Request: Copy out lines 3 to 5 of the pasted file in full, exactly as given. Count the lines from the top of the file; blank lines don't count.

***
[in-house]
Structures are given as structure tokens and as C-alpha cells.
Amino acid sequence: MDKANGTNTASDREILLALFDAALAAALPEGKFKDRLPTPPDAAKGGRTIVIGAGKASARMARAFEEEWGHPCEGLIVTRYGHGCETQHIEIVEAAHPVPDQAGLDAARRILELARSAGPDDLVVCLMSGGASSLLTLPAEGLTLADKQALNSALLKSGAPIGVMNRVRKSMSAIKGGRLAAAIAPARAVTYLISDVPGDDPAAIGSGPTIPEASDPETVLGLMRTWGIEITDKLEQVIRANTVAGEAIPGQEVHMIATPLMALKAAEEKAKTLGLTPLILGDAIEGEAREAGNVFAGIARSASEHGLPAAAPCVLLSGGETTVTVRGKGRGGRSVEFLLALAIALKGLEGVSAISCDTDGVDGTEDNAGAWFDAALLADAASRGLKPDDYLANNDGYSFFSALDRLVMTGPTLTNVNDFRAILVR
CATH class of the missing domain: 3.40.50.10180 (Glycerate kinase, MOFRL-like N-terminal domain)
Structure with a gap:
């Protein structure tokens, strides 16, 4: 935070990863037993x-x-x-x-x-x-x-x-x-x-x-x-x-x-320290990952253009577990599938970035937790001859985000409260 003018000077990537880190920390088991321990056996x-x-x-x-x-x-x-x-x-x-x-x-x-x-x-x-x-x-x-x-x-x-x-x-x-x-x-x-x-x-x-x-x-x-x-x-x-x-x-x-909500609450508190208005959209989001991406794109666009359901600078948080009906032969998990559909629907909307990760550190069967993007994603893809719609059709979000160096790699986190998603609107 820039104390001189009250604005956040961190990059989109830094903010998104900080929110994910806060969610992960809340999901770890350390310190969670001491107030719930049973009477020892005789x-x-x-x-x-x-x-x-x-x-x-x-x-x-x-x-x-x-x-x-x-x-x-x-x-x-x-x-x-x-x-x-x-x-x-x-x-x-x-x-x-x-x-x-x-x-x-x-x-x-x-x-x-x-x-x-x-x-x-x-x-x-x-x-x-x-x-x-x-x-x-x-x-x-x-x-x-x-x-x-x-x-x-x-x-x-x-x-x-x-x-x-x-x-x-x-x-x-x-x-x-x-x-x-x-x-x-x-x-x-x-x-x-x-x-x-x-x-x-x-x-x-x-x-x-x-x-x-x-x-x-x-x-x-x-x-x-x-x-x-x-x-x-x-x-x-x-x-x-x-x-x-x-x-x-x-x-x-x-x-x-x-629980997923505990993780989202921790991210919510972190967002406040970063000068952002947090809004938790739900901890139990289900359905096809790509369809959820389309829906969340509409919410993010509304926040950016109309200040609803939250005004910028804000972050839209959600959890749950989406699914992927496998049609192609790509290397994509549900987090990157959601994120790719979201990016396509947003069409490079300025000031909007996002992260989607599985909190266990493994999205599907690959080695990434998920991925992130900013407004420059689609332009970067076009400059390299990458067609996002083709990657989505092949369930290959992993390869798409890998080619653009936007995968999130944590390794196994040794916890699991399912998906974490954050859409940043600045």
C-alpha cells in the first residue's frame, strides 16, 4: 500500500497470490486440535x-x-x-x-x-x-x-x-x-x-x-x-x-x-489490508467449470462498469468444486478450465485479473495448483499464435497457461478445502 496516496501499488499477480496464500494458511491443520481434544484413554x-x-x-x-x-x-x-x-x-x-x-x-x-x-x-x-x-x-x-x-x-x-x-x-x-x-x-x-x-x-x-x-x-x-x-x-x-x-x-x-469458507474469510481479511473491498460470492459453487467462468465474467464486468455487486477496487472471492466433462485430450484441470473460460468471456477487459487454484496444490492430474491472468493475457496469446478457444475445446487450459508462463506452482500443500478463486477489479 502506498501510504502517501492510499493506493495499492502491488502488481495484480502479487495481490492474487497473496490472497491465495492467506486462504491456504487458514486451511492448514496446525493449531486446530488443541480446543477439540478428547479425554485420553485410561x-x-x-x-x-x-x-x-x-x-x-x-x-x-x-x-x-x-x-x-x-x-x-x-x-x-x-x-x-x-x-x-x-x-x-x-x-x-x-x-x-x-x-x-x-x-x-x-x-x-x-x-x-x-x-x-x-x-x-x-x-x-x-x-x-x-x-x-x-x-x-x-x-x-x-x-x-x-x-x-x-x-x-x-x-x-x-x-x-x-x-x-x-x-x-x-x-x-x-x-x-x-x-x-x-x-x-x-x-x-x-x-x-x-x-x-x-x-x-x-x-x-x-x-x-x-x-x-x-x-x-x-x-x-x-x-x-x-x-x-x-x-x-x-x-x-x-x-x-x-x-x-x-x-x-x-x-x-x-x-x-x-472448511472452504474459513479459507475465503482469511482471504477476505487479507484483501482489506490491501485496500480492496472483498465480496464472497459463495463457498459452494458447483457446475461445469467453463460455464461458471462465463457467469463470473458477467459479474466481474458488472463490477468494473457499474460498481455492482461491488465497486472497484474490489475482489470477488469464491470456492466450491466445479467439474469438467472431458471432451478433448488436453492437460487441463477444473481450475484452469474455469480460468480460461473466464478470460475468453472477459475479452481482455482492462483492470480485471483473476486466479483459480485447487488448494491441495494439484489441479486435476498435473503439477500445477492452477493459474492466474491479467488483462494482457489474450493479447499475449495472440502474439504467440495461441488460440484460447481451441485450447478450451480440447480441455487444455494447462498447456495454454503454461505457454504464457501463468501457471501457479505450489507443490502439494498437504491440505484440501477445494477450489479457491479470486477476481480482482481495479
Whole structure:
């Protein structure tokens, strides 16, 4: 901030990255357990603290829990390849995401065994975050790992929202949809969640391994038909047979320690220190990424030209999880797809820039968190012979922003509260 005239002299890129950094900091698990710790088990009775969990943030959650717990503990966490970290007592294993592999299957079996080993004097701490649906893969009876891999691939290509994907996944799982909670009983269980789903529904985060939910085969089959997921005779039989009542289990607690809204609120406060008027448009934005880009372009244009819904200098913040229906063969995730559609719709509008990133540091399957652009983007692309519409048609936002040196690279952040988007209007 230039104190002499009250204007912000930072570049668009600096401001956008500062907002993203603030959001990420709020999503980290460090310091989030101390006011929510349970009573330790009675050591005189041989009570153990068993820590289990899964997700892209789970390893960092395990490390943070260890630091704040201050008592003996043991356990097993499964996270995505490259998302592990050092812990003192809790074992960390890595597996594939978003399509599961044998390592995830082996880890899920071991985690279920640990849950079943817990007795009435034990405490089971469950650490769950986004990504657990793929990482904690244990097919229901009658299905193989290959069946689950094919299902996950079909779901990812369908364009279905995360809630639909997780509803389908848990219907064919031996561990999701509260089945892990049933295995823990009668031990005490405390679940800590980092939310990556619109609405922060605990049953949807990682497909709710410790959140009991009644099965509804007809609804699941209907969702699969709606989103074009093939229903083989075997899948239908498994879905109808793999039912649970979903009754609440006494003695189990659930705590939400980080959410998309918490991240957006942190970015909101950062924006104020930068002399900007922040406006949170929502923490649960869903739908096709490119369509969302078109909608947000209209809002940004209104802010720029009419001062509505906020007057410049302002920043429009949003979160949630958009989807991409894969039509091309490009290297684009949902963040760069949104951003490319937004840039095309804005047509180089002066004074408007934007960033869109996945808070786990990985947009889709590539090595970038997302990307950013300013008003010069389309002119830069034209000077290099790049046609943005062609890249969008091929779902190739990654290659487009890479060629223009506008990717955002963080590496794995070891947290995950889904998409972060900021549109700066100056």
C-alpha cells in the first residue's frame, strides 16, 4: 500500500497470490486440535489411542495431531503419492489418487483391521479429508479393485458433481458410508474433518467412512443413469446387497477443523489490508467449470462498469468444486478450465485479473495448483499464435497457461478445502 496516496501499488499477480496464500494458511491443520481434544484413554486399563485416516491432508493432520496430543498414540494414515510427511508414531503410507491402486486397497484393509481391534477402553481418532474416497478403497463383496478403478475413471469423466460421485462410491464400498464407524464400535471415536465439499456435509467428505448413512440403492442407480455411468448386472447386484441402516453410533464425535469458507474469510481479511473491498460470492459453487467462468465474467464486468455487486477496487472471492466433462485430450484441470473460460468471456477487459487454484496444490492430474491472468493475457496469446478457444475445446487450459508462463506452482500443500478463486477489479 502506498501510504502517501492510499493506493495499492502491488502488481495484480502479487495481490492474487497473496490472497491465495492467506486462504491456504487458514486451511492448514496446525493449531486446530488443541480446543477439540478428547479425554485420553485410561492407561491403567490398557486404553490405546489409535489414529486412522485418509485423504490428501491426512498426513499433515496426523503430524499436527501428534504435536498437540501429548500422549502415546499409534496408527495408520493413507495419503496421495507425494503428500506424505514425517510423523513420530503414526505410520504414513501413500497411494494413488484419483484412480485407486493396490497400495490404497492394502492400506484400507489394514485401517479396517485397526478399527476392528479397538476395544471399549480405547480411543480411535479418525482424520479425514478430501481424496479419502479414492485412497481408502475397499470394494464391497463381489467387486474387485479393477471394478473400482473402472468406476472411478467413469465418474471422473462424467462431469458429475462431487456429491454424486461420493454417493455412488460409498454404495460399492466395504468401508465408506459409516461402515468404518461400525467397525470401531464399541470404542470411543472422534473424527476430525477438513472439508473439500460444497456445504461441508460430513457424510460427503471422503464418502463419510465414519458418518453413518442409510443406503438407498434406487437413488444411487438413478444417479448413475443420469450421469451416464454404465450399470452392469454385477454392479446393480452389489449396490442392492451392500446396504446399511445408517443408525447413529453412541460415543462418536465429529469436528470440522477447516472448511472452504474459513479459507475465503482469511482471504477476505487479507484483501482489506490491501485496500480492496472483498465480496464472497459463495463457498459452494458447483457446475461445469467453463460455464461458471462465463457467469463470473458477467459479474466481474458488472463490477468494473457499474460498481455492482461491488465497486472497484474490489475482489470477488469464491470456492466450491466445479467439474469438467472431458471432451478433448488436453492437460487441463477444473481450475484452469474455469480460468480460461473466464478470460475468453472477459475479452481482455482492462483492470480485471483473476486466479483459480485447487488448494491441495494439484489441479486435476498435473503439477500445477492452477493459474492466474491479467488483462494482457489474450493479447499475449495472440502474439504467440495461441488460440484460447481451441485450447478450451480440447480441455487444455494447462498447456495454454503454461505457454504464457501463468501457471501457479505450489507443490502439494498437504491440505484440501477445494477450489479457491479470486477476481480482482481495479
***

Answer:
Amino acid sequence: MDKANGTNTASDREILLALFDAALAAALPEGKFKDRLPTPPDAAKGGRTIVIGAGKASARMARAFEEEWGHPCEGLIVTRYGHGCETQHIEIVEAAHPVPDQAGLDAARRILELARSAGPDDLVVCLMSGGASSLLTLPAEGLTLADKQALNSALLKSGAPIGVMNRVRKSMSAIKGGRLAAAIAPARAVTYLISDVPGDDPAAIGSGPTIPEASDPETVLGLMRTWGIEITDKLEQVIRANTVAGEAIPGQEVHMIATPLMALKAAEEKAKTLGLTPLILGDAIEGEAREAGNVFAGIARSASEHGLPAAAPCVLLSGGETTVTVRGKGRGGRSVEFLLALAIALKGLEGVSAISCDTDGVDGTEDNAGAWFDAALLADAASRGLKPDDYLANNDGYSFFSALDRLVMTGPTLTNVNDFRAILVR
CATH class of the missing domain: 3.40.50.10180 (Glycerate kinase, MOFRL-like N-terminal domain)
Structure with a gap: